Having obtained and analysed a draft of proposed new World Bank social and economic policies, my colleagues at Inclusive Development International (full disclosure – I am on the IDI Advisory Board) have circulated a petition demanding that the Bank follow its own first principles in this matter – in that the draft submitted for upcoming consultations should provide for conditions “no worse off” than those that prevailed under the old policy.
There are alarming indications that the current draft standard fails to meet even this minimum threshold. The full text of the petition setting out these concerns can be downloaded here, and I have reprinted IDI’s summary version below. Concerned individuals and organizations are welcome to join the petition anytime before Monday at 12 pm (EST) by sending an email to IDI Managing Director David Pred (firstname.lastname@example.org).
As many of you will have already heard (depending on which lists you’re on), the World Bank has presented to its Board an appalling draft of its new social and environmental safeguards policies. The Board Committee on Development Effectiveness (CODE) will be meeting on July 30th to decide whether the draft is “fit for purpose” and should be opened up for public consultations.
A leaked version of the draft Social and Environmental Framework that we have reviewed effectively turns back the clock 30 years to the days before people and the environment were protected from harm by binding Bank policies. At the same time, the Bank is proposing to significantly scale up its lending and get back in the business of high-risk mega-projects. All this while slashing its operational budget and the resources available for project due diligence, monitoring and supervision. Remember the Chixoy dam in Guatemala? The Sobradinho dam in Brazil? Narmada in India? We’ll be seeing plenty more of these human rights disasters if the Bank moves forward with this draft.
For those of us concerned about the global land grabbing crisis, this draft opens the floodgates to more massive land grabs, forced evictions, and dispossession of poor communities – financed with our public purse.
Some of the most alarming proposed changes include:
- An ‘opt out’ option for governments that decide they don’t want to apply the Indigenous People’s policy.
- Major dilutions of the Bank’s current standards on “involuntary resettlement,” including the requirement for borrowers to submit and the Bank to review and approve – prior to project approval – a comprehensive resettlement plan that ensures affected people are not harmed and have an opportunity to share in the benefits of the project.
- Exclusion of land titling projects from the coverage of the resettlement policy, leaving people like Cambodia’s Boeung Kak Lake community whose homes were demolished after they were determined not to have ownership rights by a Bank titling project completely unprotected from forced eviction.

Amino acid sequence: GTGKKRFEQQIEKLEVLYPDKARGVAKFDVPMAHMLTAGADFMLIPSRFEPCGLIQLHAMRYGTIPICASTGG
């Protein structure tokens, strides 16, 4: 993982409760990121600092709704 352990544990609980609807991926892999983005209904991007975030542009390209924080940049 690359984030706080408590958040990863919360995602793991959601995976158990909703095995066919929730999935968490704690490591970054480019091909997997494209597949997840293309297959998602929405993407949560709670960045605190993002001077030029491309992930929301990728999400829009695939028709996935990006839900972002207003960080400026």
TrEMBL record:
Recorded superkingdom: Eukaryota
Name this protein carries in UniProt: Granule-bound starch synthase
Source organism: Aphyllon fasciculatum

- Totally inadequate protections against land-grabbing, despite an alarming reference indicating that Bank projects could involve large-scale transfers of land for agricultural investment.
- The elimination of essential appraisal and supervision requirements, which made the Bank itself accountable for non-compliance with the policies.
The World Bank released a statement last year pledging that its new safeguards would be informed by the Voluntary Guidelines on the Responsible Governance of Tenure and that “additional efforts must be made to build capacity and safeguards related to land rights.” This commitment, which we welcomed at the time, has translated into one vague line in the draft framework about assessing risks or impacts associated with land tenure, which fails to articulate any policy objectives related to access to land or security of tenure, while many of the protections in the current Bank policies have been eviscerated as outlined above.
We have drafted the attached statement on land rights to send to CODE by Monday morning with the message that this draft is a non-starter for consultation and must be sent back for major revisions. It has been endorsed so far by Asian Indigenous People’s Pact, Forest Peoples Program, Ulu Foundation, Urgewald (Germany), Friends of the Earth (US), Indigenous Peoples Links, Jamaa Resource Initiative (Kenya), Institute for Policy Studies, Center on International and Environmental Law, Lumière Synergie pour le Développement (Senegal) and Inclusive Development International.
Will you add your voice to the global outcry? Please consider signing on as an organization or an individual and sharing this with anyone else you think would want to join.
David and Natalie
Inclusive Development International